How are pennies made and what materials are used?
Today's pennies (since 1982) are made from coin blanks made of 97.5% zinc and 2.5% copper.
While the Mint makes the blanks for all the other coins, the blanks for pennies are purchased from a private supplier.
The blanks are first run through an upsetting mill that goes around the edge of the coin and gives it its raised rims.
Then these blanks are mechanically fed into a coin press and the two coin dies come together to stamp the image on both sides of the coin at once.
The coin is then ejected from the press, travels through some mechanical inspections (like the coin sizer), are fed into the coin counter, and finally put into large canvas bags. They're now ready to be delivered to the Federal Reserve Bank.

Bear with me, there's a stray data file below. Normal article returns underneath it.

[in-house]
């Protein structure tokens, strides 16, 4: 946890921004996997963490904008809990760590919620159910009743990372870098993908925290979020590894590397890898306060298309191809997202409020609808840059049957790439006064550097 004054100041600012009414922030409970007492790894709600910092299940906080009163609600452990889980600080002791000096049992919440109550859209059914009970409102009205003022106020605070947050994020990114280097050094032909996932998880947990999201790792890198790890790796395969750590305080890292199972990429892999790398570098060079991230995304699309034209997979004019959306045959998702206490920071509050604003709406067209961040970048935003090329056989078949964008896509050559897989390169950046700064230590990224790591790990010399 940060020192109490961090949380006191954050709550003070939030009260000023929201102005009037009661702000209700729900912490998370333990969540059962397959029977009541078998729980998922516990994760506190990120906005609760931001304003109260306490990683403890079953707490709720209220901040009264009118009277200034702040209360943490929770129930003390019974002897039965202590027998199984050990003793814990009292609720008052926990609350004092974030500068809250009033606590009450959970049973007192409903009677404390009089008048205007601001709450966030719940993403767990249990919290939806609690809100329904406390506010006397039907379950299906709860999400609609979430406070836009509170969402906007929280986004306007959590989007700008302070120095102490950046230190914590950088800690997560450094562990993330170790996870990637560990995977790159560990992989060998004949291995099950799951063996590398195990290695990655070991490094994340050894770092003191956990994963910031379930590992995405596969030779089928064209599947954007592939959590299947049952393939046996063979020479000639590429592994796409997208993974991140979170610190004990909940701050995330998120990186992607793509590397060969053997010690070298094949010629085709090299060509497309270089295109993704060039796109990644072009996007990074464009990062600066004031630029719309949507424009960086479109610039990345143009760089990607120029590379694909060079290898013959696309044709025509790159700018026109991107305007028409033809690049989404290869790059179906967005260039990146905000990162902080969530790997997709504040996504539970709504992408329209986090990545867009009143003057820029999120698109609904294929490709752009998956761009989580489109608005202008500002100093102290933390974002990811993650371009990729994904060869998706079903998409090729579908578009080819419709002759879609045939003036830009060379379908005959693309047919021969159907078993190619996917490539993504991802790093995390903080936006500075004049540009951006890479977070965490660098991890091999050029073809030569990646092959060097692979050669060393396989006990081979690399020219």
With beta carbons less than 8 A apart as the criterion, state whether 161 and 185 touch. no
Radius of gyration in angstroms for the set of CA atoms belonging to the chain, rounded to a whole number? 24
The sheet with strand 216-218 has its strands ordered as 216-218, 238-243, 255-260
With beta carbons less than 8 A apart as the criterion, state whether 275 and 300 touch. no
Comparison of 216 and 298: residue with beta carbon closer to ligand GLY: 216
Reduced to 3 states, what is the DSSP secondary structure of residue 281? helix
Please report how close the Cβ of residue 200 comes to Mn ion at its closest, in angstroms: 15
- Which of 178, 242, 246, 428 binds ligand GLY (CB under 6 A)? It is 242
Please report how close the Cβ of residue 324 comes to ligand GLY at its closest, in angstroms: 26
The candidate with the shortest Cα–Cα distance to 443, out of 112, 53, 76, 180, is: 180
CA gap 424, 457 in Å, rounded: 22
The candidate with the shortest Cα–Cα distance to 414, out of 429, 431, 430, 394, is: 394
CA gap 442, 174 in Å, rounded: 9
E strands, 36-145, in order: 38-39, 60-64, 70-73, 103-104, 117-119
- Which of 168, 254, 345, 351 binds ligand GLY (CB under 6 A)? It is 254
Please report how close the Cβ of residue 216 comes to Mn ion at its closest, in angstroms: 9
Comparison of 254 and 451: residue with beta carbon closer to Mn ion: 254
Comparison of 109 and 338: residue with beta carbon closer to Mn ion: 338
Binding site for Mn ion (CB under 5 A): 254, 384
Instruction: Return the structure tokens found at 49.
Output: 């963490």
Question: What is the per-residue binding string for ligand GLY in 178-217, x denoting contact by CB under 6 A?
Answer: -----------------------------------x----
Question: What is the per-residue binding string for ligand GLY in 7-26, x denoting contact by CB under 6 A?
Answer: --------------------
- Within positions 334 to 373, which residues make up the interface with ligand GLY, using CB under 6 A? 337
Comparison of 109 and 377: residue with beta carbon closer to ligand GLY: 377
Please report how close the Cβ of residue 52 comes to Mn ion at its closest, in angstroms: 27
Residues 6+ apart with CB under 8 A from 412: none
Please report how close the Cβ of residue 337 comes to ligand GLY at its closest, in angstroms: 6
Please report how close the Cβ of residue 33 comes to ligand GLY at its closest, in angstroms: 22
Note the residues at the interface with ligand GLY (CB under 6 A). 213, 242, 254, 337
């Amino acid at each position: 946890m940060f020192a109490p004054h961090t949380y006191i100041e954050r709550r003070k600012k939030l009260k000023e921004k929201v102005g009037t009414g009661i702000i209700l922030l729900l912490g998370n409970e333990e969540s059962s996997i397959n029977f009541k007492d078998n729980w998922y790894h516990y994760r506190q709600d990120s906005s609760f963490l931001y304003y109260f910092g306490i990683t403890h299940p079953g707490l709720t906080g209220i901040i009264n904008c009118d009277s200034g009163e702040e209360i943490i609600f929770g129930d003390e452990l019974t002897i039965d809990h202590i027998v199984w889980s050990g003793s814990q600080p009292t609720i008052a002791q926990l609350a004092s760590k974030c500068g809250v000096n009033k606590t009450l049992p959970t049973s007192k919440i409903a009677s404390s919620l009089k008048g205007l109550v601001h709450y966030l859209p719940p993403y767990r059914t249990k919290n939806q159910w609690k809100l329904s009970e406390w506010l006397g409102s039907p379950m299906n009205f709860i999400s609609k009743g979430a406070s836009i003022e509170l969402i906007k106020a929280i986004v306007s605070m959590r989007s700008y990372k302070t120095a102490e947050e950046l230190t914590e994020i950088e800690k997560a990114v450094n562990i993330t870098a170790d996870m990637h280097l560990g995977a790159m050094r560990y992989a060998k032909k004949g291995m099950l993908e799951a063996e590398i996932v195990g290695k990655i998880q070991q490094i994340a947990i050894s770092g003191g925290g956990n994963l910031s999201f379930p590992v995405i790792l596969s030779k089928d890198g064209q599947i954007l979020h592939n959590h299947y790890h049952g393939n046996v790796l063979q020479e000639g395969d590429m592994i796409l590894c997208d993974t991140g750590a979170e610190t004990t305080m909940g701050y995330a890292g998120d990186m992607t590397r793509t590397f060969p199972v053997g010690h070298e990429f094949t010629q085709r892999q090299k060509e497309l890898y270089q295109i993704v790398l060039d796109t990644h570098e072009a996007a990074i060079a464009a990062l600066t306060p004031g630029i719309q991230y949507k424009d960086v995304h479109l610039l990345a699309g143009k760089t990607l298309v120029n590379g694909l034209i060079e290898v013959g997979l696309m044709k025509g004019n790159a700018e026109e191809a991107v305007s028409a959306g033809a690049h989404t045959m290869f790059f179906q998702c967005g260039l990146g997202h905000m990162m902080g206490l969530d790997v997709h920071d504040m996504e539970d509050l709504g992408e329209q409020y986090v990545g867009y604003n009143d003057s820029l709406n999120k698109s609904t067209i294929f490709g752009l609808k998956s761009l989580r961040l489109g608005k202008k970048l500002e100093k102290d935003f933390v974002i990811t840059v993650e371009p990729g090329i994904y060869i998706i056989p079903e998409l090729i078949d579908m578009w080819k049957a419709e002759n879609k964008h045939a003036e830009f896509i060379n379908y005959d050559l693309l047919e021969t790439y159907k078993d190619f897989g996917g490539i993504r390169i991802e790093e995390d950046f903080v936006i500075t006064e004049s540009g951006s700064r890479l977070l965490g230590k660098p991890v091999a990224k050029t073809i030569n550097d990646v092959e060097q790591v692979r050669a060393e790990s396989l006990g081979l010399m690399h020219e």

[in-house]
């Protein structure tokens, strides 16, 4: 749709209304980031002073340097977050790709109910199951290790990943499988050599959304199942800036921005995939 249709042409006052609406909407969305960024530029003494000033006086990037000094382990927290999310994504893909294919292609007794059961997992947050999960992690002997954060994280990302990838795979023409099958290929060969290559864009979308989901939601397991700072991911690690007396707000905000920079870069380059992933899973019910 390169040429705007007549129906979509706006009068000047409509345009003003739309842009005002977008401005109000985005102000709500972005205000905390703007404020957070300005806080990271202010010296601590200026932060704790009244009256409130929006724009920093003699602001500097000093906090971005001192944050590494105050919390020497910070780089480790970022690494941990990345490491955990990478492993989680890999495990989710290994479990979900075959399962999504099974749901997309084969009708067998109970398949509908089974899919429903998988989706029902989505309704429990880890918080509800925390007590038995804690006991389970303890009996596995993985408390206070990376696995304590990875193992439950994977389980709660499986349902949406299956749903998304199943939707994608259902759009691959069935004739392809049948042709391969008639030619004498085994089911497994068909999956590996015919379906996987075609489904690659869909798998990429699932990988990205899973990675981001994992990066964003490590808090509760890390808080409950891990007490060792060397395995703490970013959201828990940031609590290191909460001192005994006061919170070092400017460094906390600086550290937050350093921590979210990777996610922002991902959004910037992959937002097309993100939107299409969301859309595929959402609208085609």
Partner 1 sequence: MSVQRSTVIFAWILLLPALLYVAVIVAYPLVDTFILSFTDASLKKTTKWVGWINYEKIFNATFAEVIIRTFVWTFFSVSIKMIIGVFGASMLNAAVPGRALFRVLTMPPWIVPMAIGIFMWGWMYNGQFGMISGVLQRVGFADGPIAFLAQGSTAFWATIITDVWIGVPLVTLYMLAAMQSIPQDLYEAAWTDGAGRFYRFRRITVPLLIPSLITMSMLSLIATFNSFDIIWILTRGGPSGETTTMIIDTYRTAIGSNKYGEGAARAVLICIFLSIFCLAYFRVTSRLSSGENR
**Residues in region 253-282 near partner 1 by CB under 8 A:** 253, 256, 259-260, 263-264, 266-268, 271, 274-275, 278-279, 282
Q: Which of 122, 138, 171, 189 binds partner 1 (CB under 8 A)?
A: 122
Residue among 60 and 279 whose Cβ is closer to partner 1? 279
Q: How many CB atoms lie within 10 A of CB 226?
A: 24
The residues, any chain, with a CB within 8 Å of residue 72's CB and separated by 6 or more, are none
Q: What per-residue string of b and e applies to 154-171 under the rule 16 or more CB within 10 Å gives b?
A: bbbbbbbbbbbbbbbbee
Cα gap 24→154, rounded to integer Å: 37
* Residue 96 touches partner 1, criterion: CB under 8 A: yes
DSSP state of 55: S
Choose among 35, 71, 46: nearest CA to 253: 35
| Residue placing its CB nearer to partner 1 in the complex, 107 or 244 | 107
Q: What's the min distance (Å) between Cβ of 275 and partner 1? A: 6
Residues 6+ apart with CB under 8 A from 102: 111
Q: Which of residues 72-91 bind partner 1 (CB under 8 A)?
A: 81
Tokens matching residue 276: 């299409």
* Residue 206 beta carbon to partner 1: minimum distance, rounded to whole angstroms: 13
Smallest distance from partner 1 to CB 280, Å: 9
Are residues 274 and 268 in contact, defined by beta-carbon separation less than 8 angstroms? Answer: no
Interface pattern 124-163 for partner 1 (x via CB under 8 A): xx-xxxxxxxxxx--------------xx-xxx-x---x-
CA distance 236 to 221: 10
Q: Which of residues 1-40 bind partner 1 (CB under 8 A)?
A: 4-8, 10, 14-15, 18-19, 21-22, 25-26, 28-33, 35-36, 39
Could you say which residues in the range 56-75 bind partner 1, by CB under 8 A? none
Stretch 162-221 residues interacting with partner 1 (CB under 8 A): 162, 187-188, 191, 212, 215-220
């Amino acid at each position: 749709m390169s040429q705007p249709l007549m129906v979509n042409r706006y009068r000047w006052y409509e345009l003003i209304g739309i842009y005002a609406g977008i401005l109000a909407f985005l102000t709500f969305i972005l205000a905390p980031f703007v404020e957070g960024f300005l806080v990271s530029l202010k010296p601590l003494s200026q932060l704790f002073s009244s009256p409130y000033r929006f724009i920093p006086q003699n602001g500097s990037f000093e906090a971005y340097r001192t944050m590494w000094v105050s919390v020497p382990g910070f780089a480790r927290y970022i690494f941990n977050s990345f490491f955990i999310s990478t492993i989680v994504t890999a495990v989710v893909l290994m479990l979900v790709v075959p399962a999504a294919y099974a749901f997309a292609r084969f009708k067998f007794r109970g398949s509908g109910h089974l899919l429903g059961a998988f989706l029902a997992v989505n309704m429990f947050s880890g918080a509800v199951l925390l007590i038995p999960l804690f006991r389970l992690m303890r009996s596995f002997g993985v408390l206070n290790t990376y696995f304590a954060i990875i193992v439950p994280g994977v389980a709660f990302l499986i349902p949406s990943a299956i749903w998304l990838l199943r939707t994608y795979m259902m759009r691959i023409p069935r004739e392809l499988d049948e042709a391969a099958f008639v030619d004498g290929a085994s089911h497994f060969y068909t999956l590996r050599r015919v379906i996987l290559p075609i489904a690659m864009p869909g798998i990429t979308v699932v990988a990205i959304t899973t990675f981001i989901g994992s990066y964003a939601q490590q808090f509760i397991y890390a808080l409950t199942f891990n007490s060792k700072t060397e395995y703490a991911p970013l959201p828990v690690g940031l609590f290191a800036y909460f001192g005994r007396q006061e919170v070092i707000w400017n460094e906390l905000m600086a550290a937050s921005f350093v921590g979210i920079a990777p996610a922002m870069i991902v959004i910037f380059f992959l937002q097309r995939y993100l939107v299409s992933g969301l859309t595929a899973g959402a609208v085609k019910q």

The Mint has a nice presentation of how coins are made. Please refer to the related links for more information.
Pennies are made of copper and don't rust unless they are the zinc pennies issued in 1942 and 1943. However, zinc will not rust either. The so-called steel pennies minted during World War II were made of steel and coated with zinc. If the penny becomes damaged or if the zinc coating is compromised, the underlying steel will rust if exposed to the proper elements. Pennies do corrode though.